Medication: Oral Drug Administration

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ORAL DRUG ADMINISTRATION
INTRODUCTION:
There are various routes of administration available, each of which has associated advantages and disadvantages.
Routes of administration of drugs are:
·         Oral
·         Sublingual, buccal
·         Rectal
·         Topical
·         Parenteral — Intravenous, intramuscular, subcutaneous etc..
Oral route- Introduction:
Oral route is the most common route by which medications are given, As long as a client can swallow and retain the drug in the stomach; This is the best route of choice.
Oral route is contraindicated when client vomiting, has gastric or intestinal suction or is unconscious and unable to swallow, Such clients are usually on orders nothing by mouth,
Oral route advantages:
·         Most convenient & easy to administer
·         Usually least expensive
·         Safe, does not break skin barrier
·         Administration usually does not cause stress
·         Produces Local or systemic erects
·         Can be self-administered
·         Painless
Oral route disadvantages:
·         Inappropriate for clients with nausea or vomiting
·         Drug may have unpleasant taste or odor
·         Inappropriate when gastrointestinal tract has reduced motility
·         Inappropriate if client cannot swallow or is unconscious
·         Cannot be used before certain diagnostic tests or surgical procedures
·         Drug may discolor teeth, harm tooth enamel
·         Drug may irritate gastric mucosa 
·         First-pass effect (The first-pass effect is the term used for the hepatic metabolism of a pharmacological agent when it is absorbed from the gut and delivered to the liver via the portal circulation. The greater the first-pass effect, the less the agent will reach the systemic circulation when the agent is administered orally)
·         Risk of aspiration
Routes of Drug Administration:
Oral Route:
Forms: a) solid: tablet, capsule, pill, powder.
            b) liquid: syrup, suspension, emulsion.
Enteric coated tablets should not be crushed before administration.
Suspensions are never administered intravenously,
If the patient vomits within 20-30mins of taking the drugs, notify the physician. Do not re-administer the drug without a physician's order.
Sublingual:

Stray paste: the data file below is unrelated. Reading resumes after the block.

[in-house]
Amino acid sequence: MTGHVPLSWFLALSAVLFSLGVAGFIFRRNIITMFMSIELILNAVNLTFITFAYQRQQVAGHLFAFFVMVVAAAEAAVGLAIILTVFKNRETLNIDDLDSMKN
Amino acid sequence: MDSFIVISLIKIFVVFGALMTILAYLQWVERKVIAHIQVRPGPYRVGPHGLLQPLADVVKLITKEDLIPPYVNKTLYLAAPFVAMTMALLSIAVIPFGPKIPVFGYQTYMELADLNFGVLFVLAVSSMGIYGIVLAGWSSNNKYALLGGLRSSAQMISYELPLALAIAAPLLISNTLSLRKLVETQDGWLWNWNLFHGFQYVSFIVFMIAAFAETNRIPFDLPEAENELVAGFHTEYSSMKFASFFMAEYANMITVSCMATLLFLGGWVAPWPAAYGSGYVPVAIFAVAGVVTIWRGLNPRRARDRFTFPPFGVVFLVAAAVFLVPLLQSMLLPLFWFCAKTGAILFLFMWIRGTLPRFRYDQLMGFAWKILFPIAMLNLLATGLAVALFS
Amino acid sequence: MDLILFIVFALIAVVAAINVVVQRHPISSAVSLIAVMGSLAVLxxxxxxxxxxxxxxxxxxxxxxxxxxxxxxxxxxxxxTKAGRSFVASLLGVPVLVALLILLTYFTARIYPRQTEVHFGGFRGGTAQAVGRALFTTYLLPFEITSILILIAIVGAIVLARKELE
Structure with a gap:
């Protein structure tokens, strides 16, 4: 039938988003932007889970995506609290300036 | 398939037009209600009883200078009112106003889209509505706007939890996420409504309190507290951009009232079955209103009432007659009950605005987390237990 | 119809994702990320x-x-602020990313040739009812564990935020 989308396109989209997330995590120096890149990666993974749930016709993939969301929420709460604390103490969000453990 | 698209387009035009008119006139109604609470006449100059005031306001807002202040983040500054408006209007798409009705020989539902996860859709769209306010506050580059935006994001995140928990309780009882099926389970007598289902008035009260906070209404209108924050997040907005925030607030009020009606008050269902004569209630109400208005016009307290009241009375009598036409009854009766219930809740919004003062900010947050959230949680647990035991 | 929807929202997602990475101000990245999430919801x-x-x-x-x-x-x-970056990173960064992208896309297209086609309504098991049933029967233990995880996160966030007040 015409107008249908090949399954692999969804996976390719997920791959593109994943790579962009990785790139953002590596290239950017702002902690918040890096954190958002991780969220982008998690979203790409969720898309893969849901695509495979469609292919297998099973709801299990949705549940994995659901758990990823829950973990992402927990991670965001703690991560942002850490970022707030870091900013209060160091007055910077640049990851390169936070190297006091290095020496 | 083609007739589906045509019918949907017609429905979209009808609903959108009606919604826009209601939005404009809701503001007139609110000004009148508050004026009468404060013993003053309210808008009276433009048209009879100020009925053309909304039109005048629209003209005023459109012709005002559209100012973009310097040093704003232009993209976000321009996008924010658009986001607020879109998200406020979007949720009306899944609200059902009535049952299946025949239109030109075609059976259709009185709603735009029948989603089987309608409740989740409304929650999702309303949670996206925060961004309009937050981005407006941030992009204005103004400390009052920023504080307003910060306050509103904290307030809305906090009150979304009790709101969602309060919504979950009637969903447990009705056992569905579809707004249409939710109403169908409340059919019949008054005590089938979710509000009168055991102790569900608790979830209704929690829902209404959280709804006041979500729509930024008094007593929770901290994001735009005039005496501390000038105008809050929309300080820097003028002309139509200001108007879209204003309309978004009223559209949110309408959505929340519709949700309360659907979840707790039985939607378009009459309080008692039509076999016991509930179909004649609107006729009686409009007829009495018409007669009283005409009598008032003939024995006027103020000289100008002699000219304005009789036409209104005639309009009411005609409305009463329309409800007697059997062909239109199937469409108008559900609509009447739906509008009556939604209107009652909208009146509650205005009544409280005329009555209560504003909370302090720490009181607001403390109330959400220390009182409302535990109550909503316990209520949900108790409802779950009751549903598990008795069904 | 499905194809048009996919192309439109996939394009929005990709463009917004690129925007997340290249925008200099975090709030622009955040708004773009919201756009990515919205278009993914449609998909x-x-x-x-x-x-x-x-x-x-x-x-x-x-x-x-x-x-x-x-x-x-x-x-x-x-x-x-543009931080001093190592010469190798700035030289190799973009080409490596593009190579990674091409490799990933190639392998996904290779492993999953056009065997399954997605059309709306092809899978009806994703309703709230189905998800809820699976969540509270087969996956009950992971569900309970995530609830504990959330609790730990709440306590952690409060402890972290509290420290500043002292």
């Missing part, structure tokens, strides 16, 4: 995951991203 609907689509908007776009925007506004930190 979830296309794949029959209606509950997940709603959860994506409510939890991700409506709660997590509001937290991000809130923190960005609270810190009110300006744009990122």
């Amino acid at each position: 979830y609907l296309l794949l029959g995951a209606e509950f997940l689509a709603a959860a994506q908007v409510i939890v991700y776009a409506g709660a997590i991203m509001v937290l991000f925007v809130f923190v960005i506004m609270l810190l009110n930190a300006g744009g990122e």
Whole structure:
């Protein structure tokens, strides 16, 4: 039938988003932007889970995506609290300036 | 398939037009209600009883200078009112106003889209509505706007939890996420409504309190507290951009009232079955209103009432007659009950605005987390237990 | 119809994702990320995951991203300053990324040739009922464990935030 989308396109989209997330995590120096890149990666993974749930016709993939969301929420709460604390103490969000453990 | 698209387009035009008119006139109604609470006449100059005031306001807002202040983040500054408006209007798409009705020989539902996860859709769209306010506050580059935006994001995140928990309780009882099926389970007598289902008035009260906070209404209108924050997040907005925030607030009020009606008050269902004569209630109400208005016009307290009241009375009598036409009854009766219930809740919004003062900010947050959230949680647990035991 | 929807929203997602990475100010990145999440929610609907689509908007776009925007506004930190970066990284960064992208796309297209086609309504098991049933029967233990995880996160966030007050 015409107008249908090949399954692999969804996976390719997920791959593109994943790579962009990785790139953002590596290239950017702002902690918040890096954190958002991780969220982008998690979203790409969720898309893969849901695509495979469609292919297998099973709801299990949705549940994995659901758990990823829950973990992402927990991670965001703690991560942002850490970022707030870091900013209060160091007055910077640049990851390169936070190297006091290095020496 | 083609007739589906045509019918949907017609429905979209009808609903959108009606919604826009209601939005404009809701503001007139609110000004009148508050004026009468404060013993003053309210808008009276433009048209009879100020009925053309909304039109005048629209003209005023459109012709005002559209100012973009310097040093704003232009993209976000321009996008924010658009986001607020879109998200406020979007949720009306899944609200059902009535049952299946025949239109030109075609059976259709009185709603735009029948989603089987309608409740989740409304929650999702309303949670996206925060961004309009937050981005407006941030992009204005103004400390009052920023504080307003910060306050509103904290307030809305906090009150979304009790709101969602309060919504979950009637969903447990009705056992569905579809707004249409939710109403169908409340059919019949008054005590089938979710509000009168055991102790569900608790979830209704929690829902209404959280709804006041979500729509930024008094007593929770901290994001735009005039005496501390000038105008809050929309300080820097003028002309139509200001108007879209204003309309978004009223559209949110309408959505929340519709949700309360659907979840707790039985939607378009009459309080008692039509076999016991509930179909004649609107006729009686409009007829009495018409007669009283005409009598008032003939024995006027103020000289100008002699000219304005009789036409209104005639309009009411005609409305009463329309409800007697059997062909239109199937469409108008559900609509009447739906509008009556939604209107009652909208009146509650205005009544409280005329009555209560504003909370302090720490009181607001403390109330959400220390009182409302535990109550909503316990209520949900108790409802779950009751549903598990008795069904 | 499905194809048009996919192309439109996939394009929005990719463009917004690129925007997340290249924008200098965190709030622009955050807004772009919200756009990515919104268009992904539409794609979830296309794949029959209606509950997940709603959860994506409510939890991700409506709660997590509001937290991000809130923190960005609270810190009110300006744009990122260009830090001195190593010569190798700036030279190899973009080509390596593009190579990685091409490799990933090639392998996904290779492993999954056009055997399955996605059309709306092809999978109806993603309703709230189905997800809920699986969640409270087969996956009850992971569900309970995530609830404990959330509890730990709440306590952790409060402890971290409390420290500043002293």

In sublingual a drug is placed under the tongue, where it dissolves.
In a relatively short time, the drug is largely absorbed into the blood vessels on the underside of the tongue.
The medication should not be swallowed. E.g. Nitroglycerin
Advantages of sublingual route:
·         Drug can be administered for local effect
·         More potent than oral route because drug directly the blood and bypasses the liver.
·         Others same as for oral.
Disadvantages of sublingual route:
·         If swallowed, drug may be inactivated by gastric Juice
·         Drug must remain under tongue until dissolved and absorbed. May cause stinging or irritation of the mucous membranes
·         Drug is rapidly absorbed into the bloodstream,
Example
Systemic use
·         Nitroglycerine
·         Nifedipine
Local  
·         Antispetic lozenge
Buccal route:
Buccal means a medication (e.g., a tablet) is held in the membranes of the cheek until the drug dissolves.
The drug may act locally on the mucous membranes of the mouth or systemically when it is swallowed in the saliva.
Advantages of buccal route:
·         Same as for sublingual
·         Can be used when drug has objectionable taste or odor
·         DNB released at slow, steady rate       
·         Provides a local therapeutic Effect
Disadvantage:
·         Same as for sublingual
·         Dose absorbed is unpredictable
·         May be perceived as unpleasant by the client
·         Limited use
PURPOSE of oral routes:
To provide a medication that has systemic effects or local effects on the gastrointestinal tract or both.